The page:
Saturday, December 07, 2019

Books of 2019

And we're off: our (amazingly) 10th annual popular post of books of the year as they feature in the press (excluding pay-walled material, such as the London Times and Sunday Times, Financial Times, and Telegraph) and on some blogs. This is a selective list of what we judge the highest-quality lists: if you want almost everything that moves, check out Largehearted Boy.

The list will be updated pretty well daily up to Christmas.

Previous lists are here: 2010201120122013201420152016, 2017 and 2018.
  • The Irish Times selection includes choices by Sinéad Gleeson, author of one of our own books of the year, Constellations (the interesting Annie Ernaux's Happening, and the spectacular Underland by Robert Macfarlane), Joseph O'Connor, author of another of our choices, Shadowplay (including Sarah Davis-Goff's Last Ones Left Alive) and Diarmaid Ferriter (Shadowplay itself, as well as the final volume of Charles Moore's excellent biography of Margaret Thatcher, and the great William Trevor's Last Stories).
  • The outstanding Five Books site has lots of recommendations (gathered here) by superbly-qualified writers, such as Nigel Warburton's Best Philosophy Books of 2019, Best Non-Fiction Books by the editor of the TLS, Stig Abell, and Best Poetry to Read in 2019 by Jamie McKendrick (though we're wondering where Fiona Benson is).
  • The Guardian has a lot of selections, starting with their own critics, with categories like Fiction, Crime & Thrillers, SF & Fantasy, Graphic, Poetry, Children, and more, as well as well-known writers, starting with Booker winner Bernardine Evaristo (including The Confessions of Frannie Langton by Sara Collins) and further down top thriller-writer Lee Child noting the departure of the great Toni Morrison by choosing her The Source of Self-Regard.
  • The Times Literary Supplement podcast on Books of the Year hosted by Stig Abell is here, discussing this list (as mentioned, not so 'international' as in the past, when foreign languages were everywhere, and the more common titles elsewhere aren't prominent here). Ones to look forward to: Bernard O'Donoghue's Poetry: a very short introduction, and Richard Davenport-Hines: "Richard Bassett’s memoir Last Days in Old Europe (Allen Lane) gives lessons in how to cope with political vandalism, social estrangement and the entrapping tombs of our time."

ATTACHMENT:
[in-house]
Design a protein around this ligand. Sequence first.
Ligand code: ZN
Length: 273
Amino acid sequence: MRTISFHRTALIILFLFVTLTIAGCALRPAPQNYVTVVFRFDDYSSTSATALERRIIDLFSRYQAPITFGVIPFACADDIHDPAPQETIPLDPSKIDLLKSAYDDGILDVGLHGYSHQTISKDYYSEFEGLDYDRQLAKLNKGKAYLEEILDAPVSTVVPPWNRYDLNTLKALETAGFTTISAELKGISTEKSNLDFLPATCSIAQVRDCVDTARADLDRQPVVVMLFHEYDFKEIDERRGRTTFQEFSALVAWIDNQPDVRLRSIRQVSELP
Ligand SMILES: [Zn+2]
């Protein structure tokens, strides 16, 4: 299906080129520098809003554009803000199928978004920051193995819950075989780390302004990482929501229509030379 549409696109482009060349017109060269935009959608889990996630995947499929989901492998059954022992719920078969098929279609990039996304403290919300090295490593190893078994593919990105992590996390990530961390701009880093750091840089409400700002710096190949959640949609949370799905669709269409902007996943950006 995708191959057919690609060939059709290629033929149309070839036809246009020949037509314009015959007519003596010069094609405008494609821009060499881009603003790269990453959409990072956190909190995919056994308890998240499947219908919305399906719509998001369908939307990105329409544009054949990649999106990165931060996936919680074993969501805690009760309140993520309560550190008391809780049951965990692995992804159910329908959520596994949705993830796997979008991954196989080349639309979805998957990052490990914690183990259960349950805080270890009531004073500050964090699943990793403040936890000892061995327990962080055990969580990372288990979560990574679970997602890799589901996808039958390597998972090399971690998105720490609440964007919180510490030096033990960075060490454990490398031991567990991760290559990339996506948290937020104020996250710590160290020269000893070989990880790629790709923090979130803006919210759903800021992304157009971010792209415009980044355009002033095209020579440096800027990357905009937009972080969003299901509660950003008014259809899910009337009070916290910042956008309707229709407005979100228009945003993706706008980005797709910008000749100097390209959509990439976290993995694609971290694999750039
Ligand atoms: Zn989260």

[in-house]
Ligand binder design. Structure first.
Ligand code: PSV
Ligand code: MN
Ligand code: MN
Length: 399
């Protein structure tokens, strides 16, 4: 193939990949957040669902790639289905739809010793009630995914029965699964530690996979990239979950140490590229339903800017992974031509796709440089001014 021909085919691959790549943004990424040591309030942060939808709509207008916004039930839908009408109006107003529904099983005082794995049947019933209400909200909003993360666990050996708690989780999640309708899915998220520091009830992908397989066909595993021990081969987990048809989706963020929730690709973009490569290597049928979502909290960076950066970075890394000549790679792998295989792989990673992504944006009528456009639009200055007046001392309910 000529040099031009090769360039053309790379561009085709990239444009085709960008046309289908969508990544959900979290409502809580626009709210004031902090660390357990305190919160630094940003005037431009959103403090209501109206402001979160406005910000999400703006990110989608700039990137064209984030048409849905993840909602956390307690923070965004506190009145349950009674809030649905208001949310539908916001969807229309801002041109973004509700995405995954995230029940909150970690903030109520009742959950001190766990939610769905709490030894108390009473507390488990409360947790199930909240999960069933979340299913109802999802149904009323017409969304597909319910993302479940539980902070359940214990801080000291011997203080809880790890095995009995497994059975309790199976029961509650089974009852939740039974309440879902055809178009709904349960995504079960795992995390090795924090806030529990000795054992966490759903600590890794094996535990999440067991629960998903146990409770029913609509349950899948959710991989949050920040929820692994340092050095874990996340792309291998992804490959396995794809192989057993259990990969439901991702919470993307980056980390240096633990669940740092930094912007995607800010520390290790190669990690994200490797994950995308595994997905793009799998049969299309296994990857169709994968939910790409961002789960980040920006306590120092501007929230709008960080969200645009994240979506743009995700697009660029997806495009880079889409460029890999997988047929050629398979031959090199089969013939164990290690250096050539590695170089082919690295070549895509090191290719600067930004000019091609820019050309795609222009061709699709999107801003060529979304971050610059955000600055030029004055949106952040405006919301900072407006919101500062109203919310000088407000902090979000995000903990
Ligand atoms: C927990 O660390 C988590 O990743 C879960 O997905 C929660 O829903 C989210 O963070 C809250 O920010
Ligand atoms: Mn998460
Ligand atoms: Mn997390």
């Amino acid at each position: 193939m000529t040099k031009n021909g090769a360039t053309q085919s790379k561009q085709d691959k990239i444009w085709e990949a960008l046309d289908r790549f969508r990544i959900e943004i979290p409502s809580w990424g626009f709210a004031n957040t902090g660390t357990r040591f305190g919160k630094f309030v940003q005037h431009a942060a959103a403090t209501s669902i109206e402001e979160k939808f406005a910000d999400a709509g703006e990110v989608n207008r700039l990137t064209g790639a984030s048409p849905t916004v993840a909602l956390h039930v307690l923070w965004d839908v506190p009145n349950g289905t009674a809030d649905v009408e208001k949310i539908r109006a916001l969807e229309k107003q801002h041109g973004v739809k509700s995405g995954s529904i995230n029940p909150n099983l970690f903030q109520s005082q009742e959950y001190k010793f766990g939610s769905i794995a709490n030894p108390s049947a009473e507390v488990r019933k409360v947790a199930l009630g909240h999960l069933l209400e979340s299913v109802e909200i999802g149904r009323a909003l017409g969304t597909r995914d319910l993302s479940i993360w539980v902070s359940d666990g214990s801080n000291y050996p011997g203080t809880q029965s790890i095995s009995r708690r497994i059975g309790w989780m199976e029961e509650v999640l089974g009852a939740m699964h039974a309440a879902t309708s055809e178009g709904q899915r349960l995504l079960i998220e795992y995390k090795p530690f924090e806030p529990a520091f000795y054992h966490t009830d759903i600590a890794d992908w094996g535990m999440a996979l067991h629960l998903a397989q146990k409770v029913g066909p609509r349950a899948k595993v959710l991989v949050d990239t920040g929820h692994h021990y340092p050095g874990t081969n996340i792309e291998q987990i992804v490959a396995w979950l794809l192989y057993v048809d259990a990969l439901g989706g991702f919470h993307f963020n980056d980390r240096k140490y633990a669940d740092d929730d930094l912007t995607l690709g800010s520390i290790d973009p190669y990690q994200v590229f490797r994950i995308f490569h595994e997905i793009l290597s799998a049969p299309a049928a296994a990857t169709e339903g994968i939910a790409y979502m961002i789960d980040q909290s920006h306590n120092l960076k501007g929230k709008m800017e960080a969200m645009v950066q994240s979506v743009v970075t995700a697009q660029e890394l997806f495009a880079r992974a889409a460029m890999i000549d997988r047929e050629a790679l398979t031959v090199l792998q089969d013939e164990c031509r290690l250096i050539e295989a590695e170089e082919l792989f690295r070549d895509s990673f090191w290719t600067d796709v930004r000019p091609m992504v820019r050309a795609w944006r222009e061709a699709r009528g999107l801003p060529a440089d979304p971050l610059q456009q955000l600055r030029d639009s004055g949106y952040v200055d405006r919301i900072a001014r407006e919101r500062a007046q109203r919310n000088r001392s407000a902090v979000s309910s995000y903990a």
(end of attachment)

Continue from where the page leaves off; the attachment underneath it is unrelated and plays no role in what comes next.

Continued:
• In the New Yorker, Katy Waldman's Best Books of 2019 includes Ocean Vuong's On Earth We're Briefly Gorgeous (good title?)
  • In The Gloss, Sophie Grenham recommends Ten of the Best Irish Novels to Give this Christmas: it's been a fine year, but let's pick out a less-noticed book, Doreen Finn's novel Night Swimming: 'If ever there was a novel that encapsulates a season, it’s this one. A perfect snapshot of childhood during the summer of 1976 in Dublin, you can actually feel the sun splitting the stones.'
  • The New York Times's famous feature, 100 Notable Books in 2019 includes Lucy Ellmann's much-noticed mammoth Ducks, Newburyport, and the amazing Edna O'Brien's latest novel, Girl ('immensely painful to read').
  • The New York Times podcast discusses 10 books of the year (and nine additional ones), including Irishman Kevin Barry's Night Boat to Tangier ('a dark, witty take on Waiting for Godot').
  • The New York Public Library has, perhaps not surprisingly, a great list, in several categories: teen fiction includes Bill Konigsberg's The Music of What Happens, a well-received YA novel about two teenage boys' love.
  • Esquire's Best Books of 2019 (so far) includes a novel on many lists, Colson Whitehead's The Nickel Boys (The Underground Railroad appeared on our own list a while ago) and Arias, a new collection by that wonderful poet, Sharon Olds.
  • John Wilson's annual Year of Reading is thoughtful, including the Selected Letters of the great novelist Ralph Ellison.